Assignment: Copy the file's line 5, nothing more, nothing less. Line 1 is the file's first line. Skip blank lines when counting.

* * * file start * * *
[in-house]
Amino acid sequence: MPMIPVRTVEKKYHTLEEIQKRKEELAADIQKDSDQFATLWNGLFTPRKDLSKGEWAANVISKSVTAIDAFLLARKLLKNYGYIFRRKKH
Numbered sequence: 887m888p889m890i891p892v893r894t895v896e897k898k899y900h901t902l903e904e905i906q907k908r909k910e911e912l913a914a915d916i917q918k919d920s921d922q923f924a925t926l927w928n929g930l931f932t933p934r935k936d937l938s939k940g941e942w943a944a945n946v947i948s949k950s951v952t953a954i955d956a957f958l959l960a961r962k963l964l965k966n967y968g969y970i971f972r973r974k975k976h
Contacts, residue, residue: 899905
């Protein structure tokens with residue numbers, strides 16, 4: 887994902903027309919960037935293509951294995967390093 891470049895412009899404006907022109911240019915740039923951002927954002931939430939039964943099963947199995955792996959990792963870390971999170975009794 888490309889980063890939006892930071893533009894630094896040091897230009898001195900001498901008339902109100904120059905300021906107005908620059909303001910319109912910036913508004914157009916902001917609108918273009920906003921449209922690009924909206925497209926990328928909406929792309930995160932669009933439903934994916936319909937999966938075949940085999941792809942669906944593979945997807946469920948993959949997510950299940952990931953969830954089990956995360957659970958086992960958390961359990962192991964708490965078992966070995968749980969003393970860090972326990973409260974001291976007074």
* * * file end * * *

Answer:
């Protein structure tokens with residue numbers, strides 16, 4: 887994902903027309919960037935293509951294995967390093 891470049895412009899404006907022109911240019915740039923951002927954002931939430939039964943099963947199995955792996959990792963870390971999170975009794 888490309889980063890939006892930071893533009894630094896040091897230009898001195900001498901008339902109100904120059905300021906107005908620059909303001910319109912910036913508004914157009916902001917609108918273009920906003921449209922690009924909206925497209926990328928909406929792309930995160932669009933439903934994916936319909937999966938075949940085999941792809942669906944593979945997807946469920948993959949997510950299940952990931953969830954089990956995360957659970958086992960958390961359990962192991964708490965078992966070995968749980969003393970860090972326990973409260974001291976007074």